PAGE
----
Back 9 Dips: Here's What Happened After Shark Tank

Many products and businesses are born from hardship, and the story of Back 9 Dips is no different. Couple David and Dominique Mealy met when David moved down to Tampa, Florida to work for prominent golf companies. During an economic downturn, David lost his job while Dominique was eight months pregnant, and the couple put their heads together to come up with a way they could save themselves financially.

Though David's career in the golf industry came to an end, he gave the sport a nod with the name of the couple's new venture — Back 9 Catering. David had previously wanted to be a chef and decided to give this new career a try by making barbecue. It was during this time that they developed a chicken dip which always received rave reviews from their customers. They teamed up with a Tampa radio personality named Bubba the Love Sponge and started selling Bubba's Chicken Dip under the brand Back 9 Dips. The Mealys needed support from the Sharks to scale up production of this new product and broaden distribution.

Did the Sharks take a (chicken) dip?

The Mealys appeared in Season 4, Episode 4 of "Shark Tank," which aired in October 2012. The pair asked for $150,000 in exchange for a 15% stake in their company. They pitched Back 9 Dips as a combination of two of the most popular sports-watching snacks — chicken wings and chips and dip.

Though Daymond John called the fine-textured mixture a "chicken Slurpee," Lori Greiner said it was "delicious" (via YouTube). The Mealys kept their cool while the Sharks joked about blended chicken. Kevin O'Leary asked about numbers, and David shared that within two years of bringing their dips to retail, they sold around $400,000 and had close to 400 accounts. In a demonstration of the popularity of their product, Back 9 Dips was hitting the weekly sales target on a daily basis at a major Florida supermarket.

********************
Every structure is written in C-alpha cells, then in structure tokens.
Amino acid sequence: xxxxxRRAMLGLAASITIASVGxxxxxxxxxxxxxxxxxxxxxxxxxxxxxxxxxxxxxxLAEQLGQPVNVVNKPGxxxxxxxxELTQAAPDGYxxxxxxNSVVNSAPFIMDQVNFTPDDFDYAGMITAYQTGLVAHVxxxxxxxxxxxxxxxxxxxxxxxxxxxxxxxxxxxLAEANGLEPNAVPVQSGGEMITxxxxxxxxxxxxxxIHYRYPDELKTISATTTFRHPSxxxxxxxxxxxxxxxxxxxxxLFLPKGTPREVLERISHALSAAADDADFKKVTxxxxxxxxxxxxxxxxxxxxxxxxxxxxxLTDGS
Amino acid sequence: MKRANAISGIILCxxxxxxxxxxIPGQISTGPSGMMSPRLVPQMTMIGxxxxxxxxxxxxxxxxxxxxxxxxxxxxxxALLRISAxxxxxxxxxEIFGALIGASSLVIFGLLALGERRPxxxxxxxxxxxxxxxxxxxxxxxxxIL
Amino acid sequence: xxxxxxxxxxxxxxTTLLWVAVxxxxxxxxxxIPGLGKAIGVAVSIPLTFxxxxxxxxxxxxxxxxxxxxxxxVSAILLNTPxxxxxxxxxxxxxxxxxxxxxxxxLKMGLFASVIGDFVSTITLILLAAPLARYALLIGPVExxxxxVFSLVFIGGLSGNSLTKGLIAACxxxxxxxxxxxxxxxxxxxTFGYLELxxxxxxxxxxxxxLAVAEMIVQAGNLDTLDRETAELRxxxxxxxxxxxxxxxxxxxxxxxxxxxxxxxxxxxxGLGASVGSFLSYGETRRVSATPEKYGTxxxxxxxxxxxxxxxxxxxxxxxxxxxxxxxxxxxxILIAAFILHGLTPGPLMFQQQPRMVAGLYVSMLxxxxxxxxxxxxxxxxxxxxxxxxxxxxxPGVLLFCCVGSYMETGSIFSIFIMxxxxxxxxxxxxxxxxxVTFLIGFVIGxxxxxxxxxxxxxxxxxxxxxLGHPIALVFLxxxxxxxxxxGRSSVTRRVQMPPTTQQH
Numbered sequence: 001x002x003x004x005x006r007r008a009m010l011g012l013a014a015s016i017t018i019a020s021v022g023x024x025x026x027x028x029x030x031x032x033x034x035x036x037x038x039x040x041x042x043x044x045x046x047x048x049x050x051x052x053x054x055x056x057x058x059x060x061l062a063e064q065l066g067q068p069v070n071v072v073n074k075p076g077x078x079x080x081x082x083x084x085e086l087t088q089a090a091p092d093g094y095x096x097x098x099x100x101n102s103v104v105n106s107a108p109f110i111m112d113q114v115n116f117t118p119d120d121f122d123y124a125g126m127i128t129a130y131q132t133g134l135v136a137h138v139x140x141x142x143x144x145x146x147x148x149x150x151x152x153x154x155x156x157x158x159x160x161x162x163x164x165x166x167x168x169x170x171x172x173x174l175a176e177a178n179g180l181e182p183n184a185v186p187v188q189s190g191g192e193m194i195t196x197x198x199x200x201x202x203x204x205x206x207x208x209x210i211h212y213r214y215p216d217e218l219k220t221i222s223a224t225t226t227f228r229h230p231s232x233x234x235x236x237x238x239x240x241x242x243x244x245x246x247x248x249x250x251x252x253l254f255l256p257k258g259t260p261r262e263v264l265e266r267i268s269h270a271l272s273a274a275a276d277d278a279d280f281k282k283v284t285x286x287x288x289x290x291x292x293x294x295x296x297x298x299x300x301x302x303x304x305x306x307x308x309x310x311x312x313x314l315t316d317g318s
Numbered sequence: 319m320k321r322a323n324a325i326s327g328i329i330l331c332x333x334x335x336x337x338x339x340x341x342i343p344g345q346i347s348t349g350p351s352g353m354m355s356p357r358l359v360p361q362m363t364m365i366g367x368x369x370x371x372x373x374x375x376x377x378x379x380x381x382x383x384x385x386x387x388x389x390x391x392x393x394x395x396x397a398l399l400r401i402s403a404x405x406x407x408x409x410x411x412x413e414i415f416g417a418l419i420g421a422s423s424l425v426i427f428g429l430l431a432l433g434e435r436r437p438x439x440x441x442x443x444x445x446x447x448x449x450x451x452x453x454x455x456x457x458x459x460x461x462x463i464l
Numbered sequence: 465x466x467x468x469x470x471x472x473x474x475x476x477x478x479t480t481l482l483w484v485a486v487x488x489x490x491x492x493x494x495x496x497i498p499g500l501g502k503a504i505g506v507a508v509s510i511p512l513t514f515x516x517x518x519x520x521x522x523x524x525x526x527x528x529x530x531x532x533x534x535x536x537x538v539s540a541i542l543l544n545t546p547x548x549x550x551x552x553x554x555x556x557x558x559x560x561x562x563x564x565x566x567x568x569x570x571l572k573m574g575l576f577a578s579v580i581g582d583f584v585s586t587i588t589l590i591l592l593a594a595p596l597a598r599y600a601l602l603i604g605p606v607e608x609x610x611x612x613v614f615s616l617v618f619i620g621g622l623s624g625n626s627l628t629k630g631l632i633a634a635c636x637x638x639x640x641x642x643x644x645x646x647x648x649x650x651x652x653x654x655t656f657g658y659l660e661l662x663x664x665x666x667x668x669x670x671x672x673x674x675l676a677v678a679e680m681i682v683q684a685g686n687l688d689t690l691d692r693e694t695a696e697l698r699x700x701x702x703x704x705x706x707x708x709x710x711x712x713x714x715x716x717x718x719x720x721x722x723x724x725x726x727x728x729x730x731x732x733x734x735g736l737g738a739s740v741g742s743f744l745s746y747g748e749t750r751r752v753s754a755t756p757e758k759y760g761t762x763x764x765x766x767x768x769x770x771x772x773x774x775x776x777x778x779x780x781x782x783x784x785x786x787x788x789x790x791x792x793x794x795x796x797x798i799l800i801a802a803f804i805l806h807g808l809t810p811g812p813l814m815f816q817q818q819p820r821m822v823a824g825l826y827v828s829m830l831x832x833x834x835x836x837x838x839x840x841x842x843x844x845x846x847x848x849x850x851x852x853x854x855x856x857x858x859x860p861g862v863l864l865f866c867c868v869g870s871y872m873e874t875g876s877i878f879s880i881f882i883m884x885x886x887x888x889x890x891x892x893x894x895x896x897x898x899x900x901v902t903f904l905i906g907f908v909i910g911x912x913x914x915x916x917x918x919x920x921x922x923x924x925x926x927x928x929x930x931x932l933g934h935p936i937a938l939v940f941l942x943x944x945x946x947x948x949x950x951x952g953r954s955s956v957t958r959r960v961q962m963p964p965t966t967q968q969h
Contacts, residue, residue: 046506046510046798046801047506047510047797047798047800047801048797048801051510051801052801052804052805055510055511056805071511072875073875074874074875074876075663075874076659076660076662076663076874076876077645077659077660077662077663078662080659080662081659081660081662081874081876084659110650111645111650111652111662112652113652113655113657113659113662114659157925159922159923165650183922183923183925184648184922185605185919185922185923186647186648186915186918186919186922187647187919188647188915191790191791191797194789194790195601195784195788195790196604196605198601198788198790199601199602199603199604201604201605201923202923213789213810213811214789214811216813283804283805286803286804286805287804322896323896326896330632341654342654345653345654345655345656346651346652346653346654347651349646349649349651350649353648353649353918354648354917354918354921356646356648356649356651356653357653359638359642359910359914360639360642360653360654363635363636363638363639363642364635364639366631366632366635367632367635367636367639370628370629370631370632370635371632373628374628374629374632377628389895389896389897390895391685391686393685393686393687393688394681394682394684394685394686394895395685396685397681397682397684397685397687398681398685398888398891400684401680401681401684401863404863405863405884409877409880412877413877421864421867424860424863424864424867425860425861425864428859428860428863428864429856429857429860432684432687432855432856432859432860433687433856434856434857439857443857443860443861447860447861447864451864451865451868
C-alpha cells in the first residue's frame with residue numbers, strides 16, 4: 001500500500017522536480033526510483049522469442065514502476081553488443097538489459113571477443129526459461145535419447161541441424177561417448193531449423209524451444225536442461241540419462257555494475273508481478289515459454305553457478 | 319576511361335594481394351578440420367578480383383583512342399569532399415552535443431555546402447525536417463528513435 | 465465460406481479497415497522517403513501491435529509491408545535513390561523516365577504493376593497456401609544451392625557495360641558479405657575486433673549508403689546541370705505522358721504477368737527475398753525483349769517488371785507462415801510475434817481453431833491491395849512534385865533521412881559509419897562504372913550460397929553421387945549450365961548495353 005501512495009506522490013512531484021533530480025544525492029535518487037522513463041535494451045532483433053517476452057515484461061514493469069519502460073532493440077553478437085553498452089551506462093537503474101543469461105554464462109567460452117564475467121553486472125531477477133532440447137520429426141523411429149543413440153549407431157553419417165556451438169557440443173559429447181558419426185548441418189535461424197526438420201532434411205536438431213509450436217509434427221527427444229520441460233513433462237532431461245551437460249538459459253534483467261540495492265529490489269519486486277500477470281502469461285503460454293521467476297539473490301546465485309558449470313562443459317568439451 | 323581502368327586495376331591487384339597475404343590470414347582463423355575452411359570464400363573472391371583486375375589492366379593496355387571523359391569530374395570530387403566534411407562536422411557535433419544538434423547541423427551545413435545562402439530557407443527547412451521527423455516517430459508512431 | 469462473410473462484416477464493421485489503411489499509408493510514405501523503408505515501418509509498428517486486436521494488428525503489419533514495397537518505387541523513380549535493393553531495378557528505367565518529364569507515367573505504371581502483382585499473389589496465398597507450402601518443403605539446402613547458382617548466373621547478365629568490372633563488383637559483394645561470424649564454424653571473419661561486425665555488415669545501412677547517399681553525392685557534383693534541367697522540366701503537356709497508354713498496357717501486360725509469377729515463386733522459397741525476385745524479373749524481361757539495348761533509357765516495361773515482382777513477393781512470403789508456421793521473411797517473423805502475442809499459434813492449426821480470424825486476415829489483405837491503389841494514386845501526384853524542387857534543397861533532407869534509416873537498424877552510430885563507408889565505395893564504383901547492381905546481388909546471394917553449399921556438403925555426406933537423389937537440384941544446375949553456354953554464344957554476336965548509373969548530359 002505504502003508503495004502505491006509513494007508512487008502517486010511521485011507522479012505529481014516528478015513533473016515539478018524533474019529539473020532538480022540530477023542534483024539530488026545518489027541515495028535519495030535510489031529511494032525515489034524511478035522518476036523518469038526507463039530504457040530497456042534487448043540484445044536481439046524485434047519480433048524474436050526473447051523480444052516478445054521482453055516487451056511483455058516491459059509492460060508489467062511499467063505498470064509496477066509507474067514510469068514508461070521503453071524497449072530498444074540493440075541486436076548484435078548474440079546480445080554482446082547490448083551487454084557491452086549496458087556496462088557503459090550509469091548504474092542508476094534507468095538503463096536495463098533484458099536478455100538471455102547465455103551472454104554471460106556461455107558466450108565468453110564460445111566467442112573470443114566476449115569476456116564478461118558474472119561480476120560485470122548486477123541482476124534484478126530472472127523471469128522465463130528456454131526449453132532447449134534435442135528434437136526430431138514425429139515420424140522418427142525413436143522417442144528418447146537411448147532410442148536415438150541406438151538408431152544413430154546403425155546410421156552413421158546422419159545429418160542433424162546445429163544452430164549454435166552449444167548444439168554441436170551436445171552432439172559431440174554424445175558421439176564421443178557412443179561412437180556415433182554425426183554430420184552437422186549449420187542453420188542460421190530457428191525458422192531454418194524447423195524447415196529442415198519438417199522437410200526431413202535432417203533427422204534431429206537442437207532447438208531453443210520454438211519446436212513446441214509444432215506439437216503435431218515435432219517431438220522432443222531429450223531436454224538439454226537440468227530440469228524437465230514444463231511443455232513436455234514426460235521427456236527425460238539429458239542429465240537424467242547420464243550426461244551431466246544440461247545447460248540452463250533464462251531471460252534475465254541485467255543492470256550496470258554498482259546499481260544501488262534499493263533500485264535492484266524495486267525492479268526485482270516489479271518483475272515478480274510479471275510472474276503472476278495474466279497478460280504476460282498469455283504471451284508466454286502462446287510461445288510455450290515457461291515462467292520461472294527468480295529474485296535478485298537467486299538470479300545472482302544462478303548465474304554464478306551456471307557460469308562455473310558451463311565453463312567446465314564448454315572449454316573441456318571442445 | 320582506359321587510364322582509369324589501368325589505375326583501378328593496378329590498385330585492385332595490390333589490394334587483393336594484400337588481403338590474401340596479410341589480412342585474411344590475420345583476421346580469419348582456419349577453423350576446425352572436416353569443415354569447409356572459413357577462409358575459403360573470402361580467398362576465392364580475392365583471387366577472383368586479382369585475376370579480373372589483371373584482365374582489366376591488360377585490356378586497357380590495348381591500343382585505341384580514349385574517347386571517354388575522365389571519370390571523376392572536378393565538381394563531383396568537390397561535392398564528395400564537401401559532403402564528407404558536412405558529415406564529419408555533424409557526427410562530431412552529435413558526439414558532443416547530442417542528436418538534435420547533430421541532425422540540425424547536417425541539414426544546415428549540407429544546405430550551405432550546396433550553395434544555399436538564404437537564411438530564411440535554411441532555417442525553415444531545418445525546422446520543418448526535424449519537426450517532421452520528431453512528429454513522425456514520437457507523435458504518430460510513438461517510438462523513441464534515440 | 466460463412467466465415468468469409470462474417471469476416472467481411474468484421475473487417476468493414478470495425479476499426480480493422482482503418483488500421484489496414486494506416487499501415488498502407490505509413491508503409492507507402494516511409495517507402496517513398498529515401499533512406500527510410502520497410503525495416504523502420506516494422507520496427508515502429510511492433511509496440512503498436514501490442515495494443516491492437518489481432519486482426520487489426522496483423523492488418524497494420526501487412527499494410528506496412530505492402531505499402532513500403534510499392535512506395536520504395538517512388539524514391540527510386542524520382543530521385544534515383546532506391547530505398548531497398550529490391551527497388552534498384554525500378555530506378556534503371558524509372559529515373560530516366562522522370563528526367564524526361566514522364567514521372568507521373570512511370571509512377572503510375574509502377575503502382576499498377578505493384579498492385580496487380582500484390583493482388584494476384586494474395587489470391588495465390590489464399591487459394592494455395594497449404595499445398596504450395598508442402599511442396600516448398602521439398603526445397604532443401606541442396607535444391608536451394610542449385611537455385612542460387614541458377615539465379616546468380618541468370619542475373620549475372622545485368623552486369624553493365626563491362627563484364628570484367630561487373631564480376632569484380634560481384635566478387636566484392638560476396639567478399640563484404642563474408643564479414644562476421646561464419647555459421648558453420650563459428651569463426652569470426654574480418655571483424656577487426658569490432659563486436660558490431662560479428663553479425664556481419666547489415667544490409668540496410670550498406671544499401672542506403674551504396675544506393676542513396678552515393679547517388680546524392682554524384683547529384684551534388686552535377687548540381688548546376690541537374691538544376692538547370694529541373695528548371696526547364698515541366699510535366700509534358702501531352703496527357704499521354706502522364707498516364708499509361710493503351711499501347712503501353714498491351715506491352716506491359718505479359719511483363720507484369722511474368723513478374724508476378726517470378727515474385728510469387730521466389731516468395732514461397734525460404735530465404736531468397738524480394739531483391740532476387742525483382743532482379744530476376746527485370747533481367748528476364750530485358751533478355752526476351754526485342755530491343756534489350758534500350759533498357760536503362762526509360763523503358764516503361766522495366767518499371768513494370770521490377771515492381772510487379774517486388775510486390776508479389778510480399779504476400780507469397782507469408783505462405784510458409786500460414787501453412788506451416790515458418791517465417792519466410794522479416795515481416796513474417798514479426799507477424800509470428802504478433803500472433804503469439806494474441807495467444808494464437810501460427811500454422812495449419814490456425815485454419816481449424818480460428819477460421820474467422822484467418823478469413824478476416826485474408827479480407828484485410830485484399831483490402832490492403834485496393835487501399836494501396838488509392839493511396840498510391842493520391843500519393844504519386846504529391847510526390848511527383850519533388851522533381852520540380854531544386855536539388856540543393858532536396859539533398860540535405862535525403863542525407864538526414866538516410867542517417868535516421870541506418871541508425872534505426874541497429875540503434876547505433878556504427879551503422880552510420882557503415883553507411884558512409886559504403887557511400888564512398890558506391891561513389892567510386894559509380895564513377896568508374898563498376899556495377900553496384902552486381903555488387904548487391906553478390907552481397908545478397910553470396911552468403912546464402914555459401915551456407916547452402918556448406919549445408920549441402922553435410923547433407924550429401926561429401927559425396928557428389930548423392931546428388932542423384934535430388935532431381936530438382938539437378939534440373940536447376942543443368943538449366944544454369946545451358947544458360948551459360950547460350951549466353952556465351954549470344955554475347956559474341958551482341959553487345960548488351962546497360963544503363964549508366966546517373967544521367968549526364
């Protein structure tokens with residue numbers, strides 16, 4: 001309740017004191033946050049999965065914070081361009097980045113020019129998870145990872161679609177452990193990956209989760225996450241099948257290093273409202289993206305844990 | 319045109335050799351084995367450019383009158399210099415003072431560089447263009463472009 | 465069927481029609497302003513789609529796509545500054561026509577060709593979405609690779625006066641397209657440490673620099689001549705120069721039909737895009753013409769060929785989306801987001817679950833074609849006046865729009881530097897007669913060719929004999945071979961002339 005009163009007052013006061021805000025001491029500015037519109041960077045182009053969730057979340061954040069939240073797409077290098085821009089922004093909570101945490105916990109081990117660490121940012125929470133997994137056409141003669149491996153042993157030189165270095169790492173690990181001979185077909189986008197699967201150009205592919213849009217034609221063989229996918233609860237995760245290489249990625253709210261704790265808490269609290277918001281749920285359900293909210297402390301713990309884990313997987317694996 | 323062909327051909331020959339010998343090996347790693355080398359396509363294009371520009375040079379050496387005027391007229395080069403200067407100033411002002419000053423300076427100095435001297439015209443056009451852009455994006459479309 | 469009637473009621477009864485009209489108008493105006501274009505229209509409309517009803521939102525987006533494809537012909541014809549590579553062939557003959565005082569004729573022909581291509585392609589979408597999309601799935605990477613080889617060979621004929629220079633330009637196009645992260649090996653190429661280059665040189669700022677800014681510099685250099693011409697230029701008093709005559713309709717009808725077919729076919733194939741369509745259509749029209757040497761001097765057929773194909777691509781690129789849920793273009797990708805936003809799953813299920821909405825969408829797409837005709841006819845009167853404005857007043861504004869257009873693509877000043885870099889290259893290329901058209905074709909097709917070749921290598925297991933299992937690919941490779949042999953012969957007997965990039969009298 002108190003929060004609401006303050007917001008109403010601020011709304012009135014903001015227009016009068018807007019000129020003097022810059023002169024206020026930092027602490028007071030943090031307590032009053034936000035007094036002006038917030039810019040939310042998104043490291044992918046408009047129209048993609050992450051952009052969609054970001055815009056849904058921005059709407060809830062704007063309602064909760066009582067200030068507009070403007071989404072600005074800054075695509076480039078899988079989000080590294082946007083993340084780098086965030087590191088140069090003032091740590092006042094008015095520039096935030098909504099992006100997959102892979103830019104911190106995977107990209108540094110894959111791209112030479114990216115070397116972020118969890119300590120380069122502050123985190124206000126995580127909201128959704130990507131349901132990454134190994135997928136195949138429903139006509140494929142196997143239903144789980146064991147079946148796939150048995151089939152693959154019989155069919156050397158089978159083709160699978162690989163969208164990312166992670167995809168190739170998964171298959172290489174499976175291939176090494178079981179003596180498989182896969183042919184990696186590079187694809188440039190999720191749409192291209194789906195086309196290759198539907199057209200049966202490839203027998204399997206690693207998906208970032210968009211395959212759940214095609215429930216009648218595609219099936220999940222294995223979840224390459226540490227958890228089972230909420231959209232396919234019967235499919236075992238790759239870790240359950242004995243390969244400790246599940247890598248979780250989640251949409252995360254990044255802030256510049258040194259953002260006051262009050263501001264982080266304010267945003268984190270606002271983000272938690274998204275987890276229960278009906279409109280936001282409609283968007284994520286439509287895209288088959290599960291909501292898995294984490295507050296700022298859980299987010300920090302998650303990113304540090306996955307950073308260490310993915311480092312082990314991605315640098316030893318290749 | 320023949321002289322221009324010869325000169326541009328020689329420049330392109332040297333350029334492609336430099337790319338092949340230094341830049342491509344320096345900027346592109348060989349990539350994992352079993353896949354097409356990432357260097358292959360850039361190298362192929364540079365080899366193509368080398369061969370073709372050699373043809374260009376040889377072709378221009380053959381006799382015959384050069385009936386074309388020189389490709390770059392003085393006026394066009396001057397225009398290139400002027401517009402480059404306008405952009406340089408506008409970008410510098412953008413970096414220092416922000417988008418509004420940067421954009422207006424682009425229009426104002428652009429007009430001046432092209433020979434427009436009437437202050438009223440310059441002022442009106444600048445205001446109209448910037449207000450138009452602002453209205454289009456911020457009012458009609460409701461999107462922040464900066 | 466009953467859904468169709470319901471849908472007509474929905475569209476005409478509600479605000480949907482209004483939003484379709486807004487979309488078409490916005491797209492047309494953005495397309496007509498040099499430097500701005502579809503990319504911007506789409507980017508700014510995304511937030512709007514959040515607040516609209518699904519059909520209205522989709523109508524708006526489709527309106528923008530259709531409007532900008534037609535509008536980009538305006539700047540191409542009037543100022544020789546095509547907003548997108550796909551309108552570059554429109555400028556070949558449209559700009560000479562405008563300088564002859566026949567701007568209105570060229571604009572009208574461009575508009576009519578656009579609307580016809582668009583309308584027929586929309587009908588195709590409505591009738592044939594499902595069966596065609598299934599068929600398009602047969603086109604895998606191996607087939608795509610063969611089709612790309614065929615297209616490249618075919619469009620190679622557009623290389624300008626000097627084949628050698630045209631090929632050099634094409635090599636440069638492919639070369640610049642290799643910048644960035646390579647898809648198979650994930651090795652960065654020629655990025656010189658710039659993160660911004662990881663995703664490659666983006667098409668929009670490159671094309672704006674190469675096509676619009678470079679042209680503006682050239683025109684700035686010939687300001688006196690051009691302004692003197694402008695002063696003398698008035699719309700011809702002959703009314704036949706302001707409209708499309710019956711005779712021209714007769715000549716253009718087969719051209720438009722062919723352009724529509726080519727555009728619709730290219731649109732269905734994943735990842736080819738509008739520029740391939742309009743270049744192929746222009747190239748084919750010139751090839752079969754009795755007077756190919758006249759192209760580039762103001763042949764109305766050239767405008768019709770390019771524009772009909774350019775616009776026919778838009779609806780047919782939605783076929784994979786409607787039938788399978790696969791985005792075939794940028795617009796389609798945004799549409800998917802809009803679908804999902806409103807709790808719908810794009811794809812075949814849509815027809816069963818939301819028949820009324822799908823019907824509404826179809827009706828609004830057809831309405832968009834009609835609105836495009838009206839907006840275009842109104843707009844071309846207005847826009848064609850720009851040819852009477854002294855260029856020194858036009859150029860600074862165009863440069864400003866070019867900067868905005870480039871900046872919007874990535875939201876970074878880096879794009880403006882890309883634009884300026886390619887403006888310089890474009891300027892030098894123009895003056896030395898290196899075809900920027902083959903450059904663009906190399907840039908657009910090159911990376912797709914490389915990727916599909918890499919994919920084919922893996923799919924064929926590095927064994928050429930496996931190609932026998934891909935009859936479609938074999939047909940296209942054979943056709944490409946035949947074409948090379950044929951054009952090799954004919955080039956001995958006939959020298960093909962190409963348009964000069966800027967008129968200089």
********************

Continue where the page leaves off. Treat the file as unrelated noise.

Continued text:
When it came time to make deals, Lori Greiner and Mark Cuban bowed out despite loving the product because they didn't feel they were the right investors to make Back 9 Dips successful. O'Leary and Herjavec also decided not to invest. As John debated whether or not to take a bite, Greiner said she'd like to come back into the game and partner with John. Despite having a connection to the entrepreneurs' story, John decided not to take a chance. Herjavec too made a reversal and came back in to join Greiner for $150,000 in exchange for 25%. The emotional Mealys accepted.

What happened to Back 9 Dips after appearing on Shark Tank?

Things looked promising for Back 9 Dips because the product was tasty, the founders were committed, and the dips were already performing well at stores. The Back 9 dip line was successfully positioned as a premium product retailing for around $8 to $9 dollars per pound and wholesaling for $5.25. Those are handsome margins when the cost of production is only $2.52 per pound.

Back 9 offered three different chicken dip flavors under Bubba's brand — Southern Sweet Heat, Buffalo Blue Cheese, and Buffalo. David Mealy attributed the company's success in large part to the high-quality ingredients. For the buffalo chicken dip, one of the first ingredients on the list was chicken breast. The dip also included cayenne pepper-based buffalo wing sauce, ranch dressing, and cream cheese. Back 9 had Bubba's Chicken Dips in many stores including Publix, Walmart, Safeway, Sam's Club, and Walgreens.

Did Back 9 Dips stay in business?

Unfortunately, Back 9 Dips hit a roadblock they simply could not overcome. In June 2013, the United States Department of Agriculture's Food Safety and Inspection Service issued a recall for 12,560 pounds of Bubba's Buffalo Blue Cheese Chicken Dip (per the FDA). The mixture contained anchovies — a common allergen — as an ingredient, but it was not listed properly on the label. The dips were sold online and in person at retailers in Florida, Georgia, Illinois, Missouri, and Ohio. The mistake was traced back to a new dressing containing anchovies being used in the chicken dip at the Florida production plant ECRS, LLC. It is unclear whether or not the founders were aware of the change. Fortunately, there were no deaths or illnesses linked to the Back 9 Dips product.

The last post on the Bubba Chicken Dip feed on X, formerly known as Twitter, was made on April 4, 2014. The Back 9 Dips website is no longer active.